Effect of shut-Down procedures on dynamic responses of a spar-Type floating wind turbine

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    The design standards (IEC, DNV and GL) define a minimum set of combinations of external conditions and design situations as load cases. Like other design load conditions, the design situations relating to fault and shut-down events shall be addressed. Emergency shut down occurs in the presence of severe faults to prevent turbine damage. For pitch-regulated turbines, blade pitching to feather provides an effective means of aerodynamic braking. The blades are pitched to feather at the maximum pitch rate. This action exerts huge loading on the turbine and may challenge the structural safety. In this paper a 5-MW spar-type wind turbine is used as a case study. By using the HAWC2 code, the turbine pitch actuator fault and shutdown scenarios are simulated through external Dynamic Link Libraries. The shut-down scenarios are: normal shut down with blade pitching, emergency shut down with blade pitching, and emergency shut down with blade pitching and mechanical brake. Due to the occurrence of fault, the pitch angle of one blade is fixed from a specific occurrence time. The supervisory controller reacts by pitching the remaining two blades to the maximum pitch set. The maximum yaw motion value is observed after the first revolution of the rotor during which the tower-top torsion experiences a change of direction. Negative platform pitch motion as well as tower-bottom bending moment are induced due to the pitching activity of the two blades.The response extremes of the main shaft bending moment and the yaw motion exhibit clear variation with the blade azimuth when emergency shut down is initiated. The tower-bottom bending moment and nacelle acceleration are relatively more affected by the wave loads. For a given blade azimuth, larger response variation is observed under harsher environmental conditions. Under the fault scenario, the effects of different shut-down procedures on the response extremes are investigated. It is found that the response extremes are affected significantly by the rotor speed. Among the three procedures, normal shut down, which is associated with the slowest decaying aerodynamic excitations and the highest rotor speed, usually leads to the largest response extremes near the rated wind speed. The employment of mechanical brake reduces rotor speed, motion responses and structural responses effectively. During shut down, the responses of yaw motion, nacelle foreaft acceleration, main shaft bending moment, and tower-bottom side-to-side moment may be of concern for the floating wind turbine studied.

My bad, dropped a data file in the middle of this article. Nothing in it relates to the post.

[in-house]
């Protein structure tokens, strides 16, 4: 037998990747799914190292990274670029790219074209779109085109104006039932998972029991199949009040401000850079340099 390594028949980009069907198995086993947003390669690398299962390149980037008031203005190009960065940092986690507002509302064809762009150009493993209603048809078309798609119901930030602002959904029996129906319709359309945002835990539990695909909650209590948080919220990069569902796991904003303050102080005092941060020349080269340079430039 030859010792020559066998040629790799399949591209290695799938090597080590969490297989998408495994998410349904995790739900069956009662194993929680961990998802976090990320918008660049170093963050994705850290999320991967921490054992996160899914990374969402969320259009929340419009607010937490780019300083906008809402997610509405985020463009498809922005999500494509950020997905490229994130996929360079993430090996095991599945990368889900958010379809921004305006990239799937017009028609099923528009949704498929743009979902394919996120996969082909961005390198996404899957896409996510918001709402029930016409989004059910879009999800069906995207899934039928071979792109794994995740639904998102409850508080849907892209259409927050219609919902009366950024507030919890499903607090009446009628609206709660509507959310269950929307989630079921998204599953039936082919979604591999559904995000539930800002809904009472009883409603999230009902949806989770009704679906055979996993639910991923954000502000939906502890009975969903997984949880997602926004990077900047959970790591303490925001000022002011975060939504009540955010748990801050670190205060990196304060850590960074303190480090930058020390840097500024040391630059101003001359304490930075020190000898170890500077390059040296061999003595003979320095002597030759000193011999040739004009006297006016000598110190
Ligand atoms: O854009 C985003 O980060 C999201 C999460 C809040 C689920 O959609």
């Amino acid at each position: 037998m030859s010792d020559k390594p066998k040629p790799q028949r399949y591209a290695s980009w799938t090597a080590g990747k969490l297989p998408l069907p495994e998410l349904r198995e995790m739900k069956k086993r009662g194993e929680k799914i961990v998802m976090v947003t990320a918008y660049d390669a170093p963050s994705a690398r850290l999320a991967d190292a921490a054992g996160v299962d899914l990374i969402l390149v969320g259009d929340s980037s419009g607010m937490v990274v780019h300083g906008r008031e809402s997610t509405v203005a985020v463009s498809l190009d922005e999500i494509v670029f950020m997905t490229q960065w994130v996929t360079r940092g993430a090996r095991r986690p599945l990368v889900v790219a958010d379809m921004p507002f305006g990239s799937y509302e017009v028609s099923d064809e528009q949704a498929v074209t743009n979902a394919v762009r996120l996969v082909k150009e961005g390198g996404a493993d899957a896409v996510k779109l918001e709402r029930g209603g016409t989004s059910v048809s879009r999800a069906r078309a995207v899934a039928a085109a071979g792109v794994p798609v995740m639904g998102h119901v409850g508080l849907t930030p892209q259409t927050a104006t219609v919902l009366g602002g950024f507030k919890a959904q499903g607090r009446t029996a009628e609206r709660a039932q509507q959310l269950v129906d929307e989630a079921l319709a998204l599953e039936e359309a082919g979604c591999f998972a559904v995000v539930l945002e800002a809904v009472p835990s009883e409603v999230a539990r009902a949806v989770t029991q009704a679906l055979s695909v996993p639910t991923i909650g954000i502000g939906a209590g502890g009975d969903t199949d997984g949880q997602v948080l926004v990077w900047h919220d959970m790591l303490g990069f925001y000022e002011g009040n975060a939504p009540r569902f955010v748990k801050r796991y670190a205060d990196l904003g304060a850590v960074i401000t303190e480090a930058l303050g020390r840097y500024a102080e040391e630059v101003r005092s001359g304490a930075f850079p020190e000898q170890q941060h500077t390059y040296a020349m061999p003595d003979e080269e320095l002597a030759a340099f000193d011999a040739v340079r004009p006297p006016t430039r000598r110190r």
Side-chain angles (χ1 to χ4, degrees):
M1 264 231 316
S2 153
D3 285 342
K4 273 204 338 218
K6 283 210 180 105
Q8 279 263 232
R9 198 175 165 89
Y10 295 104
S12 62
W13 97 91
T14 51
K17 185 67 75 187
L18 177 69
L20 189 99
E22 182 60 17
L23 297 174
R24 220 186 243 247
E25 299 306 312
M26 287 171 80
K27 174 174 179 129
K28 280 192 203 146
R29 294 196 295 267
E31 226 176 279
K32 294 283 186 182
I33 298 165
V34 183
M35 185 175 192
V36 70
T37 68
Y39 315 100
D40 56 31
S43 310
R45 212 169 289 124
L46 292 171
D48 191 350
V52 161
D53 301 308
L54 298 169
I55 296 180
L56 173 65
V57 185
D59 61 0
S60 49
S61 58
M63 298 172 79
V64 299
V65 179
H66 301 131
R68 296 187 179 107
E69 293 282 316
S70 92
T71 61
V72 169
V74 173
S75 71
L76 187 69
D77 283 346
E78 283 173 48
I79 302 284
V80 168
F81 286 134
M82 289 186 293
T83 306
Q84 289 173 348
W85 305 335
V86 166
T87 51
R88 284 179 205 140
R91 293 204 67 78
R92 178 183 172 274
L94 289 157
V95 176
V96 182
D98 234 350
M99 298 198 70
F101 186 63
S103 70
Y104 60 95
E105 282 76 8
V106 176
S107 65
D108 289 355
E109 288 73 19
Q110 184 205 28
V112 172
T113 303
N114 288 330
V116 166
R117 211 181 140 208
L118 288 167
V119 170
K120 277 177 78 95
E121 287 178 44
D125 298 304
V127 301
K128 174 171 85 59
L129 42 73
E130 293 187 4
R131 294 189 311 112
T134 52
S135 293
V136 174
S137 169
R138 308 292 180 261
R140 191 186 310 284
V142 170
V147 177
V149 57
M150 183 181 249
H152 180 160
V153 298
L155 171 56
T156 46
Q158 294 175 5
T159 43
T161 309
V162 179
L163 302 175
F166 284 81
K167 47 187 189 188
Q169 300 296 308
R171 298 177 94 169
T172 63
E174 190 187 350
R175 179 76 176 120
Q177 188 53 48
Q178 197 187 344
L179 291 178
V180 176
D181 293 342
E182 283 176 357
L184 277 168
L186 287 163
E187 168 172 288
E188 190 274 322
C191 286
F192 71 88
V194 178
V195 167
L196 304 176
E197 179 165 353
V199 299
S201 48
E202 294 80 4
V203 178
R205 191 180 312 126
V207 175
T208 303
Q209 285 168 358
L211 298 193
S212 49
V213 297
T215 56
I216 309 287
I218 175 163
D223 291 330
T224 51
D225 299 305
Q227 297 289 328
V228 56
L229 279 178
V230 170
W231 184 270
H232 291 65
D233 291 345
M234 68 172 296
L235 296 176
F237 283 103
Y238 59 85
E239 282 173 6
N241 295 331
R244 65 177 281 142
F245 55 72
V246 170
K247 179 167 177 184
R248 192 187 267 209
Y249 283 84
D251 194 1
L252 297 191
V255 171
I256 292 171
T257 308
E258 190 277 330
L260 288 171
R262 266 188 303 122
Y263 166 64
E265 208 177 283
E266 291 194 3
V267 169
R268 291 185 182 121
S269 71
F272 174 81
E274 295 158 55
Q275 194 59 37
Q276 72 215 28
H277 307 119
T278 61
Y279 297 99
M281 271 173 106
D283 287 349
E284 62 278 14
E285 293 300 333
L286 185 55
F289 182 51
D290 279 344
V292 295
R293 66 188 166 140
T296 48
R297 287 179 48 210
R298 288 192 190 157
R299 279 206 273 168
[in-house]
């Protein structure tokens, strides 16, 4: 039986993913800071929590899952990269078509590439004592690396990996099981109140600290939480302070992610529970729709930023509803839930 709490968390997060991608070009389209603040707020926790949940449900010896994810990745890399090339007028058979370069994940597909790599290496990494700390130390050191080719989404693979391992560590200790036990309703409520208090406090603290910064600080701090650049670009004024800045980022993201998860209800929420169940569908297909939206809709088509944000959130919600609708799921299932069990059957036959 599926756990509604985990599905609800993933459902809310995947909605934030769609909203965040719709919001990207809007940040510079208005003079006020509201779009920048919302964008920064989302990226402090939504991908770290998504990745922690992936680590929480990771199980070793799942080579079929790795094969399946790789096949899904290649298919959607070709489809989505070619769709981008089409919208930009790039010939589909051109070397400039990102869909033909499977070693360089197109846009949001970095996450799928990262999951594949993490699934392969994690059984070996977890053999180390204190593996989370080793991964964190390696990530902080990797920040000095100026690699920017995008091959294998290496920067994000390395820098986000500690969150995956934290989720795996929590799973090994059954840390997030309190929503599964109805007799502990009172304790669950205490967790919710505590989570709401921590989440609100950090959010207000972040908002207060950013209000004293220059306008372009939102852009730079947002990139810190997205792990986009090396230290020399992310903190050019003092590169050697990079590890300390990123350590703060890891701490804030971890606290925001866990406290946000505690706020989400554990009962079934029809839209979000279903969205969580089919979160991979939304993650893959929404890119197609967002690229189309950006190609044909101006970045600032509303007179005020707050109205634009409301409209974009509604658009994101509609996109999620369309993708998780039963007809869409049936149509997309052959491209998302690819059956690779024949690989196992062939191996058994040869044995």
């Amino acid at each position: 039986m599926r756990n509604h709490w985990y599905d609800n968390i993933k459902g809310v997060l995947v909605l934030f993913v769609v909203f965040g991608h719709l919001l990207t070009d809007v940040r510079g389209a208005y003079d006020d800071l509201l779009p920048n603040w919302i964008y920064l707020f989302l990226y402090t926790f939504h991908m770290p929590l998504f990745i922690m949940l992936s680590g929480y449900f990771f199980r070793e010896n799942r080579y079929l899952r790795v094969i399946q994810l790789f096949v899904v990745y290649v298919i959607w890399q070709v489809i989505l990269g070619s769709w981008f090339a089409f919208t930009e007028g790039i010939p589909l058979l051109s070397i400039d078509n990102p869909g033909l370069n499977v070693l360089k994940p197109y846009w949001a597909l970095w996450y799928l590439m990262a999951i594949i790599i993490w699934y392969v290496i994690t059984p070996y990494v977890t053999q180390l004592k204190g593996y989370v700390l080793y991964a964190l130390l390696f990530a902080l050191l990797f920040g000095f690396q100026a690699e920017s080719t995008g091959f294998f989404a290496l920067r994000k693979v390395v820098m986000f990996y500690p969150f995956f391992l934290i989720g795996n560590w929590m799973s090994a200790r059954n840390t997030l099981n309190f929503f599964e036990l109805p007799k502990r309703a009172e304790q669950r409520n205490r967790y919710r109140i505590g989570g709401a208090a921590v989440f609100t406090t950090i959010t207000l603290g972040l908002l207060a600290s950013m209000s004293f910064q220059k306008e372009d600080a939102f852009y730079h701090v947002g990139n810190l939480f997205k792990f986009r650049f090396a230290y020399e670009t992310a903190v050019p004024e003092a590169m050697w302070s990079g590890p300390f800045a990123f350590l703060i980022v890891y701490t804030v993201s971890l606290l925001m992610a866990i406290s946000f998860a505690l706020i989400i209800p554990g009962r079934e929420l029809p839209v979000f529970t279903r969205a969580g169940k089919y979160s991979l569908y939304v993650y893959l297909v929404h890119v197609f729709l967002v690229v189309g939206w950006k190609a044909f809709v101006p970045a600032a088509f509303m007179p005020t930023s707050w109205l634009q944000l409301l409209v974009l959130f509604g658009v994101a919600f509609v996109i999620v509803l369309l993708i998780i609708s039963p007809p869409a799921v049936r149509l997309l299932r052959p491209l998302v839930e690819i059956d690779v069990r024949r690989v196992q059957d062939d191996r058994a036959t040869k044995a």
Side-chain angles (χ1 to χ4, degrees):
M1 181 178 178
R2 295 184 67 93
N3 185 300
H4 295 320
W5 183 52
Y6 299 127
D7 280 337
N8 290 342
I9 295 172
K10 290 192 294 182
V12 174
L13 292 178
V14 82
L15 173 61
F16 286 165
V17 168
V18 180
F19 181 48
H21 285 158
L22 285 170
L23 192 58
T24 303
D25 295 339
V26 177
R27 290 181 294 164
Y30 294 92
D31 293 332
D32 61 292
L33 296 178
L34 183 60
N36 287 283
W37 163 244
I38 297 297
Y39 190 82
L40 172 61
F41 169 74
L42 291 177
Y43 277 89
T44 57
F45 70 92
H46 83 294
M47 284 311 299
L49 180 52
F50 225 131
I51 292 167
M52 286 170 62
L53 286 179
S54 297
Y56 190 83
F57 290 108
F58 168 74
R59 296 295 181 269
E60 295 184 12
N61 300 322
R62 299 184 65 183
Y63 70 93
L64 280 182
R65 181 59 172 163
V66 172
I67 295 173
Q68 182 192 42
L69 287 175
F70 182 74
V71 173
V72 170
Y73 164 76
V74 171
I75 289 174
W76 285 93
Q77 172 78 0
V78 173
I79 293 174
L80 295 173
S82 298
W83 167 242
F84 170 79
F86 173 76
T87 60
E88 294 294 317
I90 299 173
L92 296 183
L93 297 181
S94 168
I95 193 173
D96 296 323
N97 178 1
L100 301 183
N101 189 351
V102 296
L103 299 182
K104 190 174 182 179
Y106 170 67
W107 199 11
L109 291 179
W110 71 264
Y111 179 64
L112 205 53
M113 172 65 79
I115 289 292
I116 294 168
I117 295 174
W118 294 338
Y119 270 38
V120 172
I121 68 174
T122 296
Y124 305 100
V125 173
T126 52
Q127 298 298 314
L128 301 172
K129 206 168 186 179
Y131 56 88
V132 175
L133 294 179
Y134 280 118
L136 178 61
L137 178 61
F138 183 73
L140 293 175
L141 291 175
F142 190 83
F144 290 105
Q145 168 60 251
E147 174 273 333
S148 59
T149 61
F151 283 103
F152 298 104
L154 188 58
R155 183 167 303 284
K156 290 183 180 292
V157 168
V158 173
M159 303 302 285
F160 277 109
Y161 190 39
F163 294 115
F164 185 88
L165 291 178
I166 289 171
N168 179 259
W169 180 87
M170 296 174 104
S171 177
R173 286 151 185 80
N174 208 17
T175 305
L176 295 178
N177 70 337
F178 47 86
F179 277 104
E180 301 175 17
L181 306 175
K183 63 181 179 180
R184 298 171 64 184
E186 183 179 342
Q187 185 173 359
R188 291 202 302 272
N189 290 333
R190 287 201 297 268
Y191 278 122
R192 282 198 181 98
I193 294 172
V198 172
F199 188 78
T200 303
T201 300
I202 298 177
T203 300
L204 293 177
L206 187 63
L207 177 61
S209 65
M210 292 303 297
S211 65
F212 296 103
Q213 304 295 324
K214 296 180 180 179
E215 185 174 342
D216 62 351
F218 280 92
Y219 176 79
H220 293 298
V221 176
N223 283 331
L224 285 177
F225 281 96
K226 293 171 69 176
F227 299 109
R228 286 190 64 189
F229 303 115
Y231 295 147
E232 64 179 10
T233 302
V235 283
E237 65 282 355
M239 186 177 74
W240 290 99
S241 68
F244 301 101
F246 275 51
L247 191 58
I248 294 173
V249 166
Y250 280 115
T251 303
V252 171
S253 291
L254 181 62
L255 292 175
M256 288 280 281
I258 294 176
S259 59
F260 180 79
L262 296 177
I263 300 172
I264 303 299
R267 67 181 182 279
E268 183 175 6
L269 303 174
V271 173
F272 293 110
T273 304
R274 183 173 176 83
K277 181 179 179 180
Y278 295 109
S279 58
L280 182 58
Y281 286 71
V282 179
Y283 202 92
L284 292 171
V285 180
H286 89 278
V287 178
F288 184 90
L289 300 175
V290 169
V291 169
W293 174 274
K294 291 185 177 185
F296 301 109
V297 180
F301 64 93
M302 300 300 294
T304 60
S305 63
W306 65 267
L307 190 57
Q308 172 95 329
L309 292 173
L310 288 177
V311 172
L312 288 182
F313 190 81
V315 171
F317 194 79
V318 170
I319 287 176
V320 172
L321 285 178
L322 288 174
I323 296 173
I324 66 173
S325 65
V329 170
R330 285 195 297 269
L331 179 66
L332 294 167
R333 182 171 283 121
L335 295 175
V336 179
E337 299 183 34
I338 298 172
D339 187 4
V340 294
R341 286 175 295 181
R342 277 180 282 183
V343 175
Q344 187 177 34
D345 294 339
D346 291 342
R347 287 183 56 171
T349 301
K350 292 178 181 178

DOI

    Original languageEnglish
    Title of host publicationASME 2013 32nd International Conference on Ocean, Offshore and Arctic Engineering, OMAE 2013
    Volume8
    DOIs
    Publication statusPublished - 01 Dec 2013
    Externally publishedYes
    EventASME 2013 32nd International Conference on Ocean, Offshore and Arctic Engineering, OMAE 2013 - Nantes, France
    Duration: 09 Jun 201314 Jun 2013

    Conference

    ConferenceASME 2013 32nd International Conference on Ocean, Offshore and Arctic Engineering, OMAE 2013
    CountryFrance
    CityNantes
    Period09/06/201314/06/2013

      Research areas

    • Emergency shut down, Extreme response, Normal shut down, Pitch actuator fault, Spar-type floating wind turbine

    ID: 157558885